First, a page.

Rhoda Shallington’s personal effects were sold off, and her enslaved property hired out on 28 December 1864 for what all parties believed would be a year. Both the boy Arch and the woman Dilley went to her son David Pender Shallington for hyper-inflated rates that approached the sales prices of just a few years before.

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Estate Records of Rhoda Shallington, Wilson County, North Carolina Wills and Probate Records, 1665-1998 [database on-line], http://www.ancestry.com.

The estate of William Woodard.

Having “sworn on the holy Evangelist of Almighty God,” on 10 December 1851, three commissioners met at Elizabeth Woodard’s house to divide William Woodard’s enslaved property — consisting of 55 men, women and children — among his heirs.

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Lot no. 1, drawn by Elizabeth Woodard — Amy $500, Liz $150, Lewis $250, Mary $350, Harry $400, Dennis $100, Plas [Pleasant] $400, Jim $500, Sarah $450, Siller $50, and Mintus $75.

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Lot no. 2, drawn by Patience Woodard — Esther $200, Mandy $350, Thain $350, Randol $100, Rachel $500, Tom $700, Ned $450, Nancy $500, Sal [$0] and Richard [$0].

Lot no. 3, drawn by William Woodard — Piety $550, Charlot $550, Ben $700, Jenny $150, Mariah $300, Hiliard $300, Mintus Jr. $100, Jonathan $500, and Edy $350.

Lot no. 4, drawn by Warren Woodard — Bont [Blount] $800, Peggy $500, Vinus $125, Alford $600, John $400, Cherry $500, and Jessy $400.

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Lot no. 5, drawn by James Woodard — Morris $700, Gray $400, George $650, Silva $500, Rody $550, Amos $125, London $150, and Harriet $100.

Lot no. 6, drawn by Calvin Woodard — Rose Jr. $200, Rose Sr. $200, Elizer $500, Arch $750, Liberty $700, Dark $500, Beck $200, Phereby $200, Ned $100, and Simon $100.

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The houses of William Woodard and his extended family today form the Woodard Family Rural Historic District. As noted here, the 55 enslaved people listed in William Woodard’s inventory did not include all the family’s slaves. Also, though some of the lots may have included groupings of mothers with young children, it is clear that some small children were separated from their nuclear families. Most adults were married to spouses enslaved by a different owner.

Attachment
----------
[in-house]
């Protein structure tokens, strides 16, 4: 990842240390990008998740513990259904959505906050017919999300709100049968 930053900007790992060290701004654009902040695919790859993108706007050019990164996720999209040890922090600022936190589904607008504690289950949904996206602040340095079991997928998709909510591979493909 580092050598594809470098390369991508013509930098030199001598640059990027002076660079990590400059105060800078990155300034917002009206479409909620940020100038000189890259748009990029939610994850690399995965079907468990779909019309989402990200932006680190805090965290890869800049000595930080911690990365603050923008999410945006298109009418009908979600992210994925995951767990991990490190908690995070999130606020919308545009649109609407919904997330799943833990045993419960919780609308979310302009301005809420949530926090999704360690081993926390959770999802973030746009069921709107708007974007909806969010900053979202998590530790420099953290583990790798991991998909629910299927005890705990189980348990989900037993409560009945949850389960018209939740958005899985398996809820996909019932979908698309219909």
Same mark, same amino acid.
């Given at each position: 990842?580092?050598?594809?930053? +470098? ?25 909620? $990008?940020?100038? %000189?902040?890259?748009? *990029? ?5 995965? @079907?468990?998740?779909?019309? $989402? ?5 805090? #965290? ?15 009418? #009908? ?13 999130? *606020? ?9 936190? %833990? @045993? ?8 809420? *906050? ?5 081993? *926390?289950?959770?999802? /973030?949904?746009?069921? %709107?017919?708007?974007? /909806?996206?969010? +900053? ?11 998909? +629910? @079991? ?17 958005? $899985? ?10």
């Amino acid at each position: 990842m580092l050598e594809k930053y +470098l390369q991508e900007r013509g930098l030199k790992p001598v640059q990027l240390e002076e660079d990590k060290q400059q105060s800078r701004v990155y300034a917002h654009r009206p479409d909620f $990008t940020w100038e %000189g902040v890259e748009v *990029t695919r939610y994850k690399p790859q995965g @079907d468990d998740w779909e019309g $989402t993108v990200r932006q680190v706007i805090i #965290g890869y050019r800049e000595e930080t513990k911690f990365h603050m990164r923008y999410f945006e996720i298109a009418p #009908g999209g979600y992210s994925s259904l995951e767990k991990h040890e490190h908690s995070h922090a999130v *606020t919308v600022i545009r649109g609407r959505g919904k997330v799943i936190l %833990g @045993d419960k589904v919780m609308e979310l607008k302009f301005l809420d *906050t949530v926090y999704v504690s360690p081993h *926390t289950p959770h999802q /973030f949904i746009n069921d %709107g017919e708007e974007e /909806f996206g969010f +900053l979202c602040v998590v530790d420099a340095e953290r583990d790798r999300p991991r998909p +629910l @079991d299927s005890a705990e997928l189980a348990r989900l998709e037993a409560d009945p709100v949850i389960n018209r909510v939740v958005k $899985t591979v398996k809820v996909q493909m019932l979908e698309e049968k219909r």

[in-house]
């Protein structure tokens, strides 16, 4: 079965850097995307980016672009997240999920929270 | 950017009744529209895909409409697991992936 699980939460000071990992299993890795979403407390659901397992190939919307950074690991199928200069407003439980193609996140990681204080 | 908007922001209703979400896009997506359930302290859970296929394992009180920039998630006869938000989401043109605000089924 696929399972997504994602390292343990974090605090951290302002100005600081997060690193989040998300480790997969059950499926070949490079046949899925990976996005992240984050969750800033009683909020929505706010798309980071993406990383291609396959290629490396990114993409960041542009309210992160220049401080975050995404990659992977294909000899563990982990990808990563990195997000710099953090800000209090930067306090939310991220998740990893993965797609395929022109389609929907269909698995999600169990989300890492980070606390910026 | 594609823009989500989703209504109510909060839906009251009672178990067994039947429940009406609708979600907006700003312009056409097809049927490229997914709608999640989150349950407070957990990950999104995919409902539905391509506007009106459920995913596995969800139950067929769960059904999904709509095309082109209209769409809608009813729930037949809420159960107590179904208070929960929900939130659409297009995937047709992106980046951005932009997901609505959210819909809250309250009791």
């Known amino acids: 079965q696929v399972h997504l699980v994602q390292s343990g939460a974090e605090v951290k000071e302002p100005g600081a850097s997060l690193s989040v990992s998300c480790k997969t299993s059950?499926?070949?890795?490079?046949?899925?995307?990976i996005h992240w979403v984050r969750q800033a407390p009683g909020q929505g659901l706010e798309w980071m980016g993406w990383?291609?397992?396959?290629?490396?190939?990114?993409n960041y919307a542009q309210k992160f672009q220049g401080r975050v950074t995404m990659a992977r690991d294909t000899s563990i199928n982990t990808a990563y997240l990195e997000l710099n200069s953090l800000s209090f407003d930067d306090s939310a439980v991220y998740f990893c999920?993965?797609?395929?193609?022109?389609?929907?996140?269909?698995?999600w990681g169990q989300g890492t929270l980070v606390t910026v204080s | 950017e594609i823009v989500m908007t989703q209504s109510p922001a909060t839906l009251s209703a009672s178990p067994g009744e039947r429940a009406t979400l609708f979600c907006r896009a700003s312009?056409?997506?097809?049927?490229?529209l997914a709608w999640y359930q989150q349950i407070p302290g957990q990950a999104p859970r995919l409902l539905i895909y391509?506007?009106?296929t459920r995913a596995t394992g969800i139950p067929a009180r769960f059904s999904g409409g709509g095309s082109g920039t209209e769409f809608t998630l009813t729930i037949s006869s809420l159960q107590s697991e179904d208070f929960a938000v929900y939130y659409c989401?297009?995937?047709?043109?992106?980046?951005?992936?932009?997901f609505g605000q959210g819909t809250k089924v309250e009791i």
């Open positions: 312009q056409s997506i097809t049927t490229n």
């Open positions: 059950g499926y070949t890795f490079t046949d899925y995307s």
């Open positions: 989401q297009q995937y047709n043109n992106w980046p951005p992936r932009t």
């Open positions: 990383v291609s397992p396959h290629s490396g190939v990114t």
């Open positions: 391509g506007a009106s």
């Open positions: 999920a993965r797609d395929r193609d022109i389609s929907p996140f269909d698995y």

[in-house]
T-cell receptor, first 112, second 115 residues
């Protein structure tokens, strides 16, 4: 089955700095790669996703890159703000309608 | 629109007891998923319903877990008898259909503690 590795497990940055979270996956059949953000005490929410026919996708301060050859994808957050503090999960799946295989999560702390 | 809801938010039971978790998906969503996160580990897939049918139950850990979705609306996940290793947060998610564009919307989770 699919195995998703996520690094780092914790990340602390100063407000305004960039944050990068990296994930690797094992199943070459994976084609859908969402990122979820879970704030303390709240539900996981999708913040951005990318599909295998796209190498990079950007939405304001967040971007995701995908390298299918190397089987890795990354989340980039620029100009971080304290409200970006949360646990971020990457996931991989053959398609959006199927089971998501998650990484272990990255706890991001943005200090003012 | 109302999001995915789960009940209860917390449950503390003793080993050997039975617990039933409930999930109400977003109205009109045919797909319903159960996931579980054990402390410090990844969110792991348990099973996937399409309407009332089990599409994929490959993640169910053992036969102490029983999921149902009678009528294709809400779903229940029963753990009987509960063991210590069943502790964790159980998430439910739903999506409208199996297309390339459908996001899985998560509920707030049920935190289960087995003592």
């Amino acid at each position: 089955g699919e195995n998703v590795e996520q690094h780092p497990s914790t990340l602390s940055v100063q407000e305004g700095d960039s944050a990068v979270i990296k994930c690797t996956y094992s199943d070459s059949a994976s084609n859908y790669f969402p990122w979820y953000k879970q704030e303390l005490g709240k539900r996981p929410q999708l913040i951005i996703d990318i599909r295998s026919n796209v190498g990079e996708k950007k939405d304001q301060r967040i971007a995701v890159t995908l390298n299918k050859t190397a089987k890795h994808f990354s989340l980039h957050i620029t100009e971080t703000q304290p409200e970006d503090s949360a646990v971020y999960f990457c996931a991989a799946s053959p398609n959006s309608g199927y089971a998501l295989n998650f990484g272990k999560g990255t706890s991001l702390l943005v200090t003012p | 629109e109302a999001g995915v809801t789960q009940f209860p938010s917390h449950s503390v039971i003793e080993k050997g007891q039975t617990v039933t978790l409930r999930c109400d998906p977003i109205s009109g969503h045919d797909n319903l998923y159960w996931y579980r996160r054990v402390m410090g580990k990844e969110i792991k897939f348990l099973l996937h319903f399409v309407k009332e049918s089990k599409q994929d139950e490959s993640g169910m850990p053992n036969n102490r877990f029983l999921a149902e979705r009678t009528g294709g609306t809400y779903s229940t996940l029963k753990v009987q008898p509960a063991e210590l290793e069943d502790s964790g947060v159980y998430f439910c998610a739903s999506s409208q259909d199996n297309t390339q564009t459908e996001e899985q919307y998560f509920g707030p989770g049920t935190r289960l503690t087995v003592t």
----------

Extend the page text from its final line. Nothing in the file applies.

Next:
Here are the families I have been able to identify among William Woodard’s enslaved and their whereabouts in the years after Emancipation.

  • Rose Woodard Artis and her children John, Jesse, Gray, Ned and Tamar

Rose Woodard was allotted to Calvin Woodard; her free husband Arch Artis is listed as a member of that household in 1860. Evidence concerning this family was set forth here. Based on her age, Rose likely had more than the five children I have identified. Ned, who was about 5, was allotted to Calvin Woodard as well. John and Jesse, who were likely a few years older, went to Warren Woodard, and Gray, to James Woodard. Tamar Woodard, then about 4, is not listed in the distribution.

  • Pleasant Woodard and sons Lewis and Harry

Pleasant Woodard and her sons were allotted to Elizabeth Woodard.

On 7 December 1867, Lewis Woodard, son of Louis Shallington and Pleasant Woodard, married Bathsheba Tyson, daughter of Blount Petteway and Netty Ellis, at Saint Timothy’s in Wilson.

In the 1870 census of Gardners township, Wilson County: farm laborer Lewis Woodard, 25; wife Tebetha [Bathsheba], 24; and son Henry, 6.

On an unspecified date in 1867, Harry Woodard, son of Lewis Shalington and Pleasant Woodard, married Dellah Woodard, daughter of Ben Woodard and Phereba Woodard, in Wilson County.

In the 1870 census of Gardners township, Wilson County: farm laborer

  • Easter Woodard and daughter Peggy

Easter Woodard was allotted to Patience Woodard; her daughter Peggy Woodard to Warren Woodard.

On 13 March 1870, Peggy Woodard, daughter of Easter Woodard, married Ebenezer McGowan, at Warren Woodard’s in Wilson County.

  • Mintus Woodard

The designation “Jr.” in this list seems to have meant “younger” rather than a parent-child relationship. I have no evidence of the relationship between Mintus Jr. and the Mintus distributed to Elizabeth Woodard (who was either very young or very old, judging by his assigned value).

On 29 December 1866, Mentus Woodard married Sarah Barnes in Wilson County.

In the 1870 census of Gardners township, Wilson County: farm laborer Mentus Woodard, 22; wife Sarah, 20; and children John, 2, and Lawyer, 2 months. (William Woodard Jr. was next door.)

In the 1880 census of Gardners township, Wilson County: farm laborer Permentus Woodard, 31; wife Sarah, 31; and children John, 12, Lawyer, 8, Cora, 6, London, James, and George, .

  • Hilliard Woodard

On 11 January 1868, Hillard Woodard, son of Mose Barnes and Winney Woodard, to Rose Ellis, daughter of Benjamin Bynum and Netty Bynum, at William Woodard’s.

In the 1870 census of Gardners township, Wilson County: farm laborer Hilliard Woodard, 25, and wife Rose, 20.

  • Jonathan Woodard

Jonathan Woodard and Margrett Woodard registered their 10-year cohabitation on 15 August 1866.